MADISON — As the holiday season starts to wind down, plans become more and more firm for the 2018 production season. There is still quite a bit of time before planters start rolling in the field, but some key decisions need to be made now at the kitchen table. Projecting prices and potential yields are where many farmers begin. The next step is to calculate production costs and see if gross revenues (price x yield) are greater than costs.
Projected prices for 2018 crop insurance policies will not be set until February for corn and soybean grown in the Midwest. Likewise corn and soybean acreage intentions will not be compiled until the end of March. However, current levels of futures contracts provide estimates of of 2018 projected prices.
Projected prices are used to set minimum guarantees for Revenue Protection (RP). Also, the projected price sets the payment on yield shortfalls associated with Yield Protection (YP). Once set, projected prices determine the overall level of revenue and yield protection offered by crop insurance.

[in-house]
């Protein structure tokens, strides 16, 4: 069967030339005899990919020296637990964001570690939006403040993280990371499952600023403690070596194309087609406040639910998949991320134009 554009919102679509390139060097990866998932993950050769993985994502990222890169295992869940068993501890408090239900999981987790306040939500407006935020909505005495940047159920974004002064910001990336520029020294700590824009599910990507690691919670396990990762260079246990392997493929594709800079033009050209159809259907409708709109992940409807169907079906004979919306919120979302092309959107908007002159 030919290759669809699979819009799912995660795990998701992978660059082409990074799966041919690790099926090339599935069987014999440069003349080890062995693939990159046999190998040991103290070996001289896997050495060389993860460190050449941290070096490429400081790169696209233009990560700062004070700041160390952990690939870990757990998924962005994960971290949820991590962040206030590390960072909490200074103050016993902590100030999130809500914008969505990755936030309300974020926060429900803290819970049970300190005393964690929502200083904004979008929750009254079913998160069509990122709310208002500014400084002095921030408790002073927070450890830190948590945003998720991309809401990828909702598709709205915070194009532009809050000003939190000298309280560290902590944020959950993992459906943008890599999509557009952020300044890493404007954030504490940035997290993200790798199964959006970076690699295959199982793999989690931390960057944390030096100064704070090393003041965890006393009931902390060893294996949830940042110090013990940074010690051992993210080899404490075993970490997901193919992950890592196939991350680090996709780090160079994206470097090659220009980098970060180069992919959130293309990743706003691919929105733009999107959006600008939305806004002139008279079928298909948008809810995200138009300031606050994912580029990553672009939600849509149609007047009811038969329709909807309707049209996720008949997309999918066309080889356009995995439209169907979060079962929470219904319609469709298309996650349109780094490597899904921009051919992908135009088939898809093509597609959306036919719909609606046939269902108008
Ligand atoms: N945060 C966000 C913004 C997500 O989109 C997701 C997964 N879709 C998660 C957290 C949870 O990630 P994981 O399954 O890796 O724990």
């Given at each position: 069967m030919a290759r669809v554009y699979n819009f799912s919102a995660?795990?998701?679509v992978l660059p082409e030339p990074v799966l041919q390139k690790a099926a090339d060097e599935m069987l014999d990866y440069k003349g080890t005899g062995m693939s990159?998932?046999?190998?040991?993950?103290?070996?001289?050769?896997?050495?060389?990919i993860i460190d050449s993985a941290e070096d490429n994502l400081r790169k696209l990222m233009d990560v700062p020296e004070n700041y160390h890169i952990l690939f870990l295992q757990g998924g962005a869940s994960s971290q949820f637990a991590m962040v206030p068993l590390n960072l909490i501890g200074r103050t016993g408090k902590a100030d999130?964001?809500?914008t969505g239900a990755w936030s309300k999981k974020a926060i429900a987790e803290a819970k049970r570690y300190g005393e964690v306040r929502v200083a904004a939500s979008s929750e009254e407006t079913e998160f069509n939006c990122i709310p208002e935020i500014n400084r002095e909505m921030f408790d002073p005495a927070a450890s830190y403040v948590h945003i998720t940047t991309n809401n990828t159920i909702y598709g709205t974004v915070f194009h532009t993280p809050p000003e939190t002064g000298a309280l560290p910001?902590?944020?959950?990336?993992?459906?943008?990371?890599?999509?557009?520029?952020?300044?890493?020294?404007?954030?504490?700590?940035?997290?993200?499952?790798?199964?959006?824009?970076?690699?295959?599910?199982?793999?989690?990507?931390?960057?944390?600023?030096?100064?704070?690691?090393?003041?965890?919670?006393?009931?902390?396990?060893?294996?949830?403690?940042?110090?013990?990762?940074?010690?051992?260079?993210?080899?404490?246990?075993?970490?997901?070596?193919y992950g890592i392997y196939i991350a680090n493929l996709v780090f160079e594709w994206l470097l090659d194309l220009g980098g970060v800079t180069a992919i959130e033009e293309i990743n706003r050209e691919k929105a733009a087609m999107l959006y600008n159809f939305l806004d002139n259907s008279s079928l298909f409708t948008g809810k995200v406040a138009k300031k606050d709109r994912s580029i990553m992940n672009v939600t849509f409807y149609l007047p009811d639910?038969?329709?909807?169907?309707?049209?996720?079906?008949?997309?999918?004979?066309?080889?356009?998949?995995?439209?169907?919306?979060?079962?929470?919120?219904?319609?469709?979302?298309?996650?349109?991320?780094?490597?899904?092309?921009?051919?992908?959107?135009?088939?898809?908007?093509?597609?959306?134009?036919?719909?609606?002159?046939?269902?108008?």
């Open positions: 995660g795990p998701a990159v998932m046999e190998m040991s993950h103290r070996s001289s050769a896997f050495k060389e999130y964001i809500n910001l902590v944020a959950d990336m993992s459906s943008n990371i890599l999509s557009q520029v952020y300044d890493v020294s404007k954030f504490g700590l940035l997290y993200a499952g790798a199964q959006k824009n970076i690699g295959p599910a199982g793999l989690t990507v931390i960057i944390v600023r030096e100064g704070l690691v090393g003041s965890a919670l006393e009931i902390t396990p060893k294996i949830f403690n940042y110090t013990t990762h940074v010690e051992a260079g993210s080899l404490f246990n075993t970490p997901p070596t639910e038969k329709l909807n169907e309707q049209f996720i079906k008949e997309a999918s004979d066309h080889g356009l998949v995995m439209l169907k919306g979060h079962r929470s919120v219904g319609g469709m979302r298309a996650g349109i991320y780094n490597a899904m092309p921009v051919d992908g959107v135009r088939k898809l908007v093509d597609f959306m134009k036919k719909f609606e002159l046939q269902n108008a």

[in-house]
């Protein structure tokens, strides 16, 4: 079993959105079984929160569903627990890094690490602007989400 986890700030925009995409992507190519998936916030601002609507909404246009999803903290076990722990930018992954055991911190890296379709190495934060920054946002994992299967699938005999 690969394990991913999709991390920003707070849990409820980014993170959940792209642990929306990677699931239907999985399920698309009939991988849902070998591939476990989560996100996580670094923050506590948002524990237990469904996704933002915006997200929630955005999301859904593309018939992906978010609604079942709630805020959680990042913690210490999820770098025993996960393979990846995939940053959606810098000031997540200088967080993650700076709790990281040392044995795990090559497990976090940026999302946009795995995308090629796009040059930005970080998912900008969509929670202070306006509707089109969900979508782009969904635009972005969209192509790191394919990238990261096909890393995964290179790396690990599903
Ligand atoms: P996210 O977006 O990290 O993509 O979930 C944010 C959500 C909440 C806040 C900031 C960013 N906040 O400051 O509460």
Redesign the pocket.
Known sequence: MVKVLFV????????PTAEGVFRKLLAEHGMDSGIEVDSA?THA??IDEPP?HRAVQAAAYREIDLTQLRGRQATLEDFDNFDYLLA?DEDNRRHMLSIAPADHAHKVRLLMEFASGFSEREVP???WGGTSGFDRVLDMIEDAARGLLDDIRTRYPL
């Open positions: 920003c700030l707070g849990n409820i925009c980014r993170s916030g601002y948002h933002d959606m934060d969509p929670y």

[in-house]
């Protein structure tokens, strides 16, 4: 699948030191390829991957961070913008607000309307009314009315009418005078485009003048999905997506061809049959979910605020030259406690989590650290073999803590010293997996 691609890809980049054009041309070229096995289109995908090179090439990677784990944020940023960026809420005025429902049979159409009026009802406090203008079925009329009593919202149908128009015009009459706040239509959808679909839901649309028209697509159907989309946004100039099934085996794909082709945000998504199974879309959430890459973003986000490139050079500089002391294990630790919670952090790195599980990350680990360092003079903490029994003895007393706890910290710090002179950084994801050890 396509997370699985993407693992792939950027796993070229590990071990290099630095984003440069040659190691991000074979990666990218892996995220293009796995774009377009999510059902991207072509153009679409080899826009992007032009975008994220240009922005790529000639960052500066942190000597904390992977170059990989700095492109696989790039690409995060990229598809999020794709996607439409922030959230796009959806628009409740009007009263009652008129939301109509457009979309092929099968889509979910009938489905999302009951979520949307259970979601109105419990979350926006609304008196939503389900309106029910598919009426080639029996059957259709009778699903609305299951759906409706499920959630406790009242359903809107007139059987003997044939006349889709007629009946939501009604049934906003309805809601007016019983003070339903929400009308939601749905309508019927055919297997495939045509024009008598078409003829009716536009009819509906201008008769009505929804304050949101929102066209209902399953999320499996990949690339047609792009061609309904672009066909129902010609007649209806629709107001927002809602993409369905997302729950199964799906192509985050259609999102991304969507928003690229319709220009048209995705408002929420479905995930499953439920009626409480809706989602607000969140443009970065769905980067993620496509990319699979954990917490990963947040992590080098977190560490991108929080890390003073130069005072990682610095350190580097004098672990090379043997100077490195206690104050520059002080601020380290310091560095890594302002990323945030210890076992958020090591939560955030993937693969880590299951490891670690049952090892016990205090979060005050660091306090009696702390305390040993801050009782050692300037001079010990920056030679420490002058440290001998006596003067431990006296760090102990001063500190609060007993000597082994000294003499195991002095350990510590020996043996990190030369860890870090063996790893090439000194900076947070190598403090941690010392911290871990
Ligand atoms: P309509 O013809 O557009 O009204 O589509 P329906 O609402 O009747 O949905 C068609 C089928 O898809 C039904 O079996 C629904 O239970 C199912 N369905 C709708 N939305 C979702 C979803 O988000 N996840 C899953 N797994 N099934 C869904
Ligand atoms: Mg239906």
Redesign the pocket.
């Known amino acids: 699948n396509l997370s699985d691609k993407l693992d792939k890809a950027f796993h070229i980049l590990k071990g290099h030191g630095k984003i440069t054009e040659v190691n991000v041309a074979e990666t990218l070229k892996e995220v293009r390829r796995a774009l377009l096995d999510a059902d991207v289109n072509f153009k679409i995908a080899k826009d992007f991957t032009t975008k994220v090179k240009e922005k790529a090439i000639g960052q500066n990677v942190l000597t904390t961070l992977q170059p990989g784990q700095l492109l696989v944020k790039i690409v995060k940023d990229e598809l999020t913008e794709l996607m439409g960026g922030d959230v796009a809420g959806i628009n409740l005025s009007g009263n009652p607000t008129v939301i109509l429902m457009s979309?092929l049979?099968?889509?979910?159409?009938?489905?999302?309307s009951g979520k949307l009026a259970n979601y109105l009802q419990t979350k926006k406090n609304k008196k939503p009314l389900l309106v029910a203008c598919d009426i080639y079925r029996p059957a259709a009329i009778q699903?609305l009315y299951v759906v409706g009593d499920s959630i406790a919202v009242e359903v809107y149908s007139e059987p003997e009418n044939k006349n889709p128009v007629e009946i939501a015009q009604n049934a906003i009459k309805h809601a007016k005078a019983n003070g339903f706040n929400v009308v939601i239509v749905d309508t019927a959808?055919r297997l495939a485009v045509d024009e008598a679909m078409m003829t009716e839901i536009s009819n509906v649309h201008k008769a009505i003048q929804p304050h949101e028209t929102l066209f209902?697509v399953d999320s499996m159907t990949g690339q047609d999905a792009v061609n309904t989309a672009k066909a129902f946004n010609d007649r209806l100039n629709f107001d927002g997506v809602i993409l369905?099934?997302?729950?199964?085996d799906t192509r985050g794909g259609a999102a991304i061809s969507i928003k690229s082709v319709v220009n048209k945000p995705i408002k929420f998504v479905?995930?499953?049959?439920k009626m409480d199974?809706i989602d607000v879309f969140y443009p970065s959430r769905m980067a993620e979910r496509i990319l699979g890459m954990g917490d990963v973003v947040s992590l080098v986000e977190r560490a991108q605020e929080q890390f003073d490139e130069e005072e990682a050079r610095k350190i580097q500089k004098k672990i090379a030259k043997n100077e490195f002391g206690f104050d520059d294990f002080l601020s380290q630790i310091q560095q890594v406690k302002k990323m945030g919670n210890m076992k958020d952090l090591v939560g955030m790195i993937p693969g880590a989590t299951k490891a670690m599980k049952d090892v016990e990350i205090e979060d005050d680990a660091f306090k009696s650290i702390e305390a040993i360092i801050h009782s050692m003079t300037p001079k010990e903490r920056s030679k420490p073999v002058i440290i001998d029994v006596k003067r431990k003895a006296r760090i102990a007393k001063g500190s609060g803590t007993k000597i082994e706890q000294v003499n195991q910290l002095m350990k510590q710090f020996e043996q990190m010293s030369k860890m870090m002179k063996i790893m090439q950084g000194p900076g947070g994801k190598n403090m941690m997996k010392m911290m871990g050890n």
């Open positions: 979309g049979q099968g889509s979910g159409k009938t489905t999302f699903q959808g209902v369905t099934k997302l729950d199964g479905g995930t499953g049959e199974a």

Projected prices are set using futures contracts and vary from year-to-year based on market conditions. For corn grown in Midwest states, the projected price is the average of settlement prices of the December Chicago Mercantile Exchange (CME) contract during the month of February. For soybeans grown in Midwest states, the projected price is the average of settlement prices of the November CME contract during the month of February.
Projecting potential yields are difficult due to weather and management challenges. Using your actual production history (APH) for each farm can help to develop realistic yield projections. However, we know yields are advancing at the rate of 1.5 to 3.0 bu/A per year. So knowing upper limits of production can also help. Below are the highest recorded yields by county as reported by the National Corn Growers Association Corn Yield Contest.
— Joe Lauer, Corn Agronomy
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